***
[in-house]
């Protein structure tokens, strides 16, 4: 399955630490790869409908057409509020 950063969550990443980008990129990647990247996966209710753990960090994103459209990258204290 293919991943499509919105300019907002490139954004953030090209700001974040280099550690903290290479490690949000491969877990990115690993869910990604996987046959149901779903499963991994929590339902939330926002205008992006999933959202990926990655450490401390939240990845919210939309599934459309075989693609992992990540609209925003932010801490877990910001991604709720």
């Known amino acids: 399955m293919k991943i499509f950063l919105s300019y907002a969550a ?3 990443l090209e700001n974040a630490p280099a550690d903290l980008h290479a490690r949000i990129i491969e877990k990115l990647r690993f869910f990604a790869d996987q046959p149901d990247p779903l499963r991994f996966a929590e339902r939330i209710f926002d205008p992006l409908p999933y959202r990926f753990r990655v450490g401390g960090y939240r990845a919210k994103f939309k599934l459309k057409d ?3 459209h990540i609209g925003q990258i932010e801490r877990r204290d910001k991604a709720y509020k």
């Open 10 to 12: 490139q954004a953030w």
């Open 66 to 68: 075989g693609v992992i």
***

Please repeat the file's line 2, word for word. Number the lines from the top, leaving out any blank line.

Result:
């Protein structure tokens, strides 16, 4: 399955630490790869409908057409509020 950063969550990443980008990129990647990247996966209710753990960090994103459209990258204290 293919991943499509919105300019907002490139954004953030090209700001974040280099550690903290290479490690949000491969877990990115690993869910990604996987046959149901779903499963991994929590339902939330926002205008992006999933959202990926990655450490401390939240990845919210939309599934459309075989693609992992990540609209925003932010801490877990910001991604709720």